Roundabout: Alt-J – Relaxer (Beyond the Wall Edition)

All the way back in 2012, Alt-J, aka ∆, created an awesome wave with their debut album and put Leeds on the map of relevant patrician music – and no, Kaiser Chiefs are not patrician nor relevant. Alt-J’s successful blend of electronica, indie, folk and art pop led to An Awesome Wave winning the 2012 Mercury Prize and their sophomore album, This Is All Yours, hitting #1 on the UK Albums Chart. Calling them ‘prog’ might be a stretch, but the band’s artistic flair and proficiency in the unlikely genre of ‘folktronica’ are certainly interesting enough to make Alt-J stand out in the world of popular music.

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But what of their latest record? Leth and Cerpin take Relaxer for a special ‘Beyond the Wall’ trip on our Roundabout – but do they reach the same conclusions about the album?

As ever, we’d like to remind you that our Roundabouts are compilations of each Prog Talk admin’s individual and subjective opinions. While we may or may not have expressed our thoughts on the album in private beforehand, we do not collude whilst writing our reviews. So without further ado let’s talk… indie pop?


Cerpin Taxt cerpintaxtprofile

I can’t recall a previous time where an artist has dropped three consecutive singles that are nothing short of outstanding. Alt-J’s string of ‘3WW’, ‘In Cold Blood’ and ‘Adeline’ had me seriously excited for Relaxer, which was pleasantly surprising given how lukewarm I found This Is All Yours. Do I think that Relaxer is the best album of the year? No, not quite; I feel that the rest of the record doesn’t summate to the excellence of its three singles, and it results in an inconsistency in tone and quality that makes the record feel more like a mixtape than a coherent album. Despite this, Relaxer is a very good effort overall with hands-down some of the best songs from 2017 so far.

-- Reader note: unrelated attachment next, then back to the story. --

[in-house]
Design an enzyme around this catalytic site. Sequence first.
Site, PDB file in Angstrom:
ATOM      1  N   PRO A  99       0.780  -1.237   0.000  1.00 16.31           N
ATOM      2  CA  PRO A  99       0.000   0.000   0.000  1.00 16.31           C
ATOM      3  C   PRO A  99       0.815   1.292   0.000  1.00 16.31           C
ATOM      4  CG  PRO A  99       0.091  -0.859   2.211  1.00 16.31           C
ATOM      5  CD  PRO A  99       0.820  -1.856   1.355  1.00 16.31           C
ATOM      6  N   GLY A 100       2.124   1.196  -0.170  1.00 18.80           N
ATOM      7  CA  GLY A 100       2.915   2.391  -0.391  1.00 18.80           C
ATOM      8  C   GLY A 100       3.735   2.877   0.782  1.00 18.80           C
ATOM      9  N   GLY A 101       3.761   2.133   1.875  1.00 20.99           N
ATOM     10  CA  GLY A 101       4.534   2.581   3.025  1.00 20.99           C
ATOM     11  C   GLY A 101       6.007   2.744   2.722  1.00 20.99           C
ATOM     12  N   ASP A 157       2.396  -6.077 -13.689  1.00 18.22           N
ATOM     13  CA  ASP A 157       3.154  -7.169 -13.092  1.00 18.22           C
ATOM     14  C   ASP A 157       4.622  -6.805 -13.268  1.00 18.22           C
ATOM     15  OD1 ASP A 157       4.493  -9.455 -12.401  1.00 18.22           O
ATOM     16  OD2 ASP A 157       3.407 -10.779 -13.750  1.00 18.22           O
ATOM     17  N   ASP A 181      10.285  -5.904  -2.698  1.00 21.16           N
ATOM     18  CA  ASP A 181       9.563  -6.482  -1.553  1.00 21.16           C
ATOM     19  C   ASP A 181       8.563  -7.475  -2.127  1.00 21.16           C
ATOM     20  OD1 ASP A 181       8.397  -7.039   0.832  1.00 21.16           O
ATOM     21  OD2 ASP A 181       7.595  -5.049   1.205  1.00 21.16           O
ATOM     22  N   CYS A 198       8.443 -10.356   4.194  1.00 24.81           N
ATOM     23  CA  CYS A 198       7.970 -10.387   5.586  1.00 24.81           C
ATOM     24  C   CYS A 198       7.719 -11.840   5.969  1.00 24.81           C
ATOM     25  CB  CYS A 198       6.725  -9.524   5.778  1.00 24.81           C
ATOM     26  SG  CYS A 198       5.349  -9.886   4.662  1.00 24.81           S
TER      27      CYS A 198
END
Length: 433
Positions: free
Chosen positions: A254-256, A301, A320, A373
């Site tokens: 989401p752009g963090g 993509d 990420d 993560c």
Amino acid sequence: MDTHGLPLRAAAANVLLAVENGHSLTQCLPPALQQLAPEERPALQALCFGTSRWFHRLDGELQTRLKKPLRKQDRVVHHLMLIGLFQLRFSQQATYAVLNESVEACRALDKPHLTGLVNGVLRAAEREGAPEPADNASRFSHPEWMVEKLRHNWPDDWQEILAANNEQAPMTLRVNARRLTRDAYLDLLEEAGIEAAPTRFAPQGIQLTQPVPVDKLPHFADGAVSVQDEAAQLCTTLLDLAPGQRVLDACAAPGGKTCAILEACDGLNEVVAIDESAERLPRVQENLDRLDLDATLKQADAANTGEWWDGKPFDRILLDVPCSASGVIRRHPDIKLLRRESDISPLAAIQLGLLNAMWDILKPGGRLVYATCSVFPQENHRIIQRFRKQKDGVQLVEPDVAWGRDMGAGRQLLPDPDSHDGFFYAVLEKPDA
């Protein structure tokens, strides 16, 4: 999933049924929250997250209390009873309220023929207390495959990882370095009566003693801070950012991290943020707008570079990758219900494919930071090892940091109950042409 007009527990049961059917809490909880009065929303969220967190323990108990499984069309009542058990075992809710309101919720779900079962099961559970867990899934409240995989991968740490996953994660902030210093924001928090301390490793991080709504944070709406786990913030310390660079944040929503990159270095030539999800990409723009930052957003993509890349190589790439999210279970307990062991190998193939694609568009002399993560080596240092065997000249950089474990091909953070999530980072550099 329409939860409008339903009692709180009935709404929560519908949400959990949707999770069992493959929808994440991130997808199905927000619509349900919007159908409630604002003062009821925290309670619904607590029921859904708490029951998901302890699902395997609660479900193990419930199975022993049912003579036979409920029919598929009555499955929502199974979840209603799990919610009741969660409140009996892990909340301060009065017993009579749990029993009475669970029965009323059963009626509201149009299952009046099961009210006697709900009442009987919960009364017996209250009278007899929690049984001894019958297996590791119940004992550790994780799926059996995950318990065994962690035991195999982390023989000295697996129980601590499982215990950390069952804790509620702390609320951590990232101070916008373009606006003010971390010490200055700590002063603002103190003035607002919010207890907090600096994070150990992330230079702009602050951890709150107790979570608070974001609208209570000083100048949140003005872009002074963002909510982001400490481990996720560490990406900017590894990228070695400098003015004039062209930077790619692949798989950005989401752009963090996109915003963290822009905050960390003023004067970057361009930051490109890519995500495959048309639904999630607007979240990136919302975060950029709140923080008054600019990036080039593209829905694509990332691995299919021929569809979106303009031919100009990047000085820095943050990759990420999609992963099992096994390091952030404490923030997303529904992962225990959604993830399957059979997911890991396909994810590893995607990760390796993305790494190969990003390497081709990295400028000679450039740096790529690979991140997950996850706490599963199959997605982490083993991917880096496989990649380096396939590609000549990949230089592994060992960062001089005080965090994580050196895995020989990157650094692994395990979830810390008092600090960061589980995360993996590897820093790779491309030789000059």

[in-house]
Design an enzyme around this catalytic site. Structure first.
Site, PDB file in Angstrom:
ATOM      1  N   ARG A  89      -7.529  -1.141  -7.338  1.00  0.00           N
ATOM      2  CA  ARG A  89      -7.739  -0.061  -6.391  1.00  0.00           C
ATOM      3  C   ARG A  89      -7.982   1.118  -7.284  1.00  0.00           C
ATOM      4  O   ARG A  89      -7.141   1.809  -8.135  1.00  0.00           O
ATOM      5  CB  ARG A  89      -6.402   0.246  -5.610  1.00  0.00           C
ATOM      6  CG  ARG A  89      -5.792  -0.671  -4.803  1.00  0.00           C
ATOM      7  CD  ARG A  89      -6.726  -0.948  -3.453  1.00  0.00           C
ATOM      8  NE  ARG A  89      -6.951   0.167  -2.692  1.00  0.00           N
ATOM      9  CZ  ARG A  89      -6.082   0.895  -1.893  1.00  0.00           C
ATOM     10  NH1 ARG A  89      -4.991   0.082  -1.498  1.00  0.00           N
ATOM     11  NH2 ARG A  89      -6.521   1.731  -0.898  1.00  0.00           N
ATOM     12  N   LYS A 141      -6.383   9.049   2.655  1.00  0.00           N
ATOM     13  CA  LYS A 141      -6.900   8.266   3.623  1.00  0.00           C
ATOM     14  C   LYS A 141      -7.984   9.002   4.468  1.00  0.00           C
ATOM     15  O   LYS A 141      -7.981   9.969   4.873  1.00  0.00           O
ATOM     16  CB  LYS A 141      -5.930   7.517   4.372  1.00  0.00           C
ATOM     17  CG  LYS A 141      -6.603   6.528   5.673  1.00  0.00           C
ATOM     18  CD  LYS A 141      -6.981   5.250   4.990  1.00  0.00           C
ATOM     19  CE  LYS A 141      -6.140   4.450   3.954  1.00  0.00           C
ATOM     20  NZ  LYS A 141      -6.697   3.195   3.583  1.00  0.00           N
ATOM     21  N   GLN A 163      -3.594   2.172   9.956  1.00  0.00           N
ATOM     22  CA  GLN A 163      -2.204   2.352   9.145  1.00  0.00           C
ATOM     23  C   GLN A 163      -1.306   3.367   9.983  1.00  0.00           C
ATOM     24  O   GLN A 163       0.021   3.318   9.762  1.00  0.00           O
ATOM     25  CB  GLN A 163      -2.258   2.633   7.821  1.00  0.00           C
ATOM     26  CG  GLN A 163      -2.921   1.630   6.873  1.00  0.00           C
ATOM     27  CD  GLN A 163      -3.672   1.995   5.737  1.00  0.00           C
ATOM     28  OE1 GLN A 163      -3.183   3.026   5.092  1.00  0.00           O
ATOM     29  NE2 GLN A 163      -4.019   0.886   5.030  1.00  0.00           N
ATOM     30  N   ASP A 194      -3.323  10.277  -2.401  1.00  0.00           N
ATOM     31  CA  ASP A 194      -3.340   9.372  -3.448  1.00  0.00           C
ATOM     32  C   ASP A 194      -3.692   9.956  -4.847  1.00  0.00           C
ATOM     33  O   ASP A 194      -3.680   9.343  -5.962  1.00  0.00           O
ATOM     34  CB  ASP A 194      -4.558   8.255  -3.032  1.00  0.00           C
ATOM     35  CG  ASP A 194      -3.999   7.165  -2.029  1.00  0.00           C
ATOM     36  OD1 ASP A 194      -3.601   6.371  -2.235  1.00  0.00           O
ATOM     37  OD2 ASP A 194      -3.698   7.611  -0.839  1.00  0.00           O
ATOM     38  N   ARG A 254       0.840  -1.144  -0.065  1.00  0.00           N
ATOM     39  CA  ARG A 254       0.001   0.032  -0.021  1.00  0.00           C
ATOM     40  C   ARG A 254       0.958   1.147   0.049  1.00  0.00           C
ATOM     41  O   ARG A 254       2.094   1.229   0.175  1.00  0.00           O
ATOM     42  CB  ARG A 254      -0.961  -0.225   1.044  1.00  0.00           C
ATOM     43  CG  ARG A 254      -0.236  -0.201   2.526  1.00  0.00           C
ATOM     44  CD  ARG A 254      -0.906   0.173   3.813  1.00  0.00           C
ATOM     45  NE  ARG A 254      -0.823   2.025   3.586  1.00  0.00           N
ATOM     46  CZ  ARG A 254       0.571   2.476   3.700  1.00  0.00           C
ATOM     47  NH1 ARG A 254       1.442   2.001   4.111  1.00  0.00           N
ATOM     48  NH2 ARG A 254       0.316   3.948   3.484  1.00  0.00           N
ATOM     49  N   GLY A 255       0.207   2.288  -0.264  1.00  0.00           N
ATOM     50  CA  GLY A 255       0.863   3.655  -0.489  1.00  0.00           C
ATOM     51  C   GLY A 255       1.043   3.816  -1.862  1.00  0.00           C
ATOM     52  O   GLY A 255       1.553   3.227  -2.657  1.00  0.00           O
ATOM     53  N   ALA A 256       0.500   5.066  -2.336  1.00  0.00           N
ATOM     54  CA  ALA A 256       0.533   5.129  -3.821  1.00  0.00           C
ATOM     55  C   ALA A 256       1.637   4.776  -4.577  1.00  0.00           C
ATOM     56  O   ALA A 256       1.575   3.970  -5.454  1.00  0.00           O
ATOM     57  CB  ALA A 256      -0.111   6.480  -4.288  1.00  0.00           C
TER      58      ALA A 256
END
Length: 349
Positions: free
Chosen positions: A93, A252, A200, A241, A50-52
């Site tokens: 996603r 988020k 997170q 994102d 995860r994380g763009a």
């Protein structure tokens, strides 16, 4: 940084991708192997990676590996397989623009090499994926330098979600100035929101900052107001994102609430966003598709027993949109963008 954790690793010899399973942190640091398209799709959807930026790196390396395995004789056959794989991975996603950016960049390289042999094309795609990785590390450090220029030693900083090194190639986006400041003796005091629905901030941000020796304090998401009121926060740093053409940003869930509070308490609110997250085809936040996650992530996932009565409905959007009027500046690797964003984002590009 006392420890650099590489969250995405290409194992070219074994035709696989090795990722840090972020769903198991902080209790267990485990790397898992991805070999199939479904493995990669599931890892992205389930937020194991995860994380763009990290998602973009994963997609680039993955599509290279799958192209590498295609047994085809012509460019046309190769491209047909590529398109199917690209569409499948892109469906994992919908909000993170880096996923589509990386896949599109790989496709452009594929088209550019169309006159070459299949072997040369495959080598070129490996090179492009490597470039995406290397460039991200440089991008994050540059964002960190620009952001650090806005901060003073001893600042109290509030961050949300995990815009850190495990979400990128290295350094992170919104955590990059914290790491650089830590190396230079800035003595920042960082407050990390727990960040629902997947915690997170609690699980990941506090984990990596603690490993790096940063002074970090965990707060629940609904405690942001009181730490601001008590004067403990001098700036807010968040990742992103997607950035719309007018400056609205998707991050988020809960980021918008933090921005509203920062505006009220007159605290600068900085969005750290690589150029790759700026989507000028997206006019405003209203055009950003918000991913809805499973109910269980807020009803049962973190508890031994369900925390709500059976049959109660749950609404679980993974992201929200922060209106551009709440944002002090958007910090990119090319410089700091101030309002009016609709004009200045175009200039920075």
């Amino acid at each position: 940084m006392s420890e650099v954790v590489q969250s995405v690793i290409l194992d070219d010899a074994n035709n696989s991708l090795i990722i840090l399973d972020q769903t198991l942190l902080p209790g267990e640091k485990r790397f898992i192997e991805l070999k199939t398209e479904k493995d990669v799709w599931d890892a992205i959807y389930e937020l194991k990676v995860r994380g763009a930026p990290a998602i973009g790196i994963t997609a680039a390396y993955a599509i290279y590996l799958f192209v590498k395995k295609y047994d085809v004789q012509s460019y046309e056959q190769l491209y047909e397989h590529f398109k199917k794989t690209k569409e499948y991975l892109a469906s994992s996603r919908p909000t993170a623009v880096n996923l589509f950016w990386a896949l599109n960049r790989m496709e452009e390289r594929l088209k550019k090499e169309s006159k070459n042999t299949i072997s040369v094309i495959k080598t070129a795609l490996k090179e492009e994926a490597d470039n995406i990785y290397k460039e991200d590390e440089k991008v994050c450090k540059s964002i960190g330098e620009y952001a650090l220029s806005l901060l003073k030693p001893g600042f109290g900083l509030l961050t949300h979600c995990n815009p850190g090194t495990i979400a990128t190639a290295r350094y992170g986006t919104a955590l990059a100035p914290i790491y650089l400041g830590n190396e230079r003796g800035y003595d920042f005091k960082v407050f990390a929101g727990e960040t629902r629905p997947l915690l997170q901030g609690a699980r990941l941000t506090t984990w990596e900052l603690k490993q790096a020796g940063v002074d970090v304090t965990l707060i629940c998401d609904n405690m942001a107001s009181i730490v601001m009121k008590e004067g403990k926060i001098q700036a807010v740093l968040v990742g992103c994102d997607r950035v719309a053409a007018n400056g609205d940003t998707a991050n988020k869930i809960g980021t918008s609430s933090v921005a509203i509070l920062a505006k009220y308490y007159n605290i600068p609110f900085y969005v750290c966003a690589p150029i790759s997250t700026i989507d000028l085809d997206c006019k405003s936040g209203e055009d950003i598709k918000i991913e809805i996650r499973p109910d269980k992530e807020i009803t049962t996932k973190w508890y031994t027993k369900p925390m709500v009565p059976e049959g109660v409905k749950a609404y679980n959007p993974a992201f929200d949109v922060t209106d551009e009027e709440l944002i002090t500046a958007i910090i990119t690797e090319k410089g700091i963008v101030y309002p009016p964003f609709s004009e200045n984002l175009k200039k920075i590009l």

The tender, oriental aesthetic in ‘3WW’; ‘Pleader’s choral splendour and ‘Adeline’s tribal drums are great contrasts to modernisms found in the dynamic, groovy ‘In Cold Blood’ and the booming, moody ‘Deadcrush’. Yet all of these tracks have the band’s distinctive laid-back electronic and folk elements, whether they’re progressed into or are consistently underlying, and manage to build luscious arrangements and vocal harmonies. ‘Adeline’ deserves special recognition, mainly because it’s grown to be my favourite song of the year: Alt-J paint a scene of a Tasmanian devil watching Adeline swim, and its simplicity is simply infatuating. The fragile vocals set against guitar arpeggios and swells of strings are crushingly beautiful, and the Forest Swords-esque vocal chants against mumbles of “I wish you well” in ‘Adeline’s climax are hair-raising.

Relaxer features some of the band’s most subdued tracks: ‘Last Year’ and Alt-J’s cover of the exhausted folk classic, ‘House of the Rising Sun’. While they’re pleasant enough individually, these tracks feel pedestrian to the point of stagnation and lose the momentum gained in the other tracks. They’re fine songs, but these tracks struggle to cohere with the rest of the album, contributing to Relaxer’s awkward flow.

Speaking of awkward, let’s talk about ‘Hit Me Like That Snare’.

The slimy vocals, the ‘Welcome to the Jungle’-esque wails and the sleazy lyrics feel uncomfortably uncharacteristic of Alt-J. Although the lo-fi instrumentation redeems the song somewhat, its inclusion in Relaxer is utterly baffling. If ‘Hit Me Like That Snare’ is meant to be Alt-J’s rebellious anthem, they’re a little too late, what with their critical acclaim being poles apart from what sounds to be a punk-turned-bedroom-musician’s ode to angst. Alternatively, if ‘…Snare’ is meant to be tongue-in-cheek, ironic or a parody, I ain’t laughing – if anything, it’s a little embarrassing to listen to.

With Relaxer being so concise in having only 8 tracks spanning over 39 minutes, I feel that its sole dodgy track and incoherent flow can’t go unnoticed. From ‘Hit Me Like That Snare’ to ‘Adeline’, it’s a little frustrating to see such polarizing songs in such a short time-span; but ultimately the record’s strengths vastly outnumber its flaws. While I do think that An Awesome Wave is a stronger album, Relaxer features some of Alt-J’s best tracks and even some of the best songs of the year – it’s definitely worth checking out, even by those skeptical of indie pop.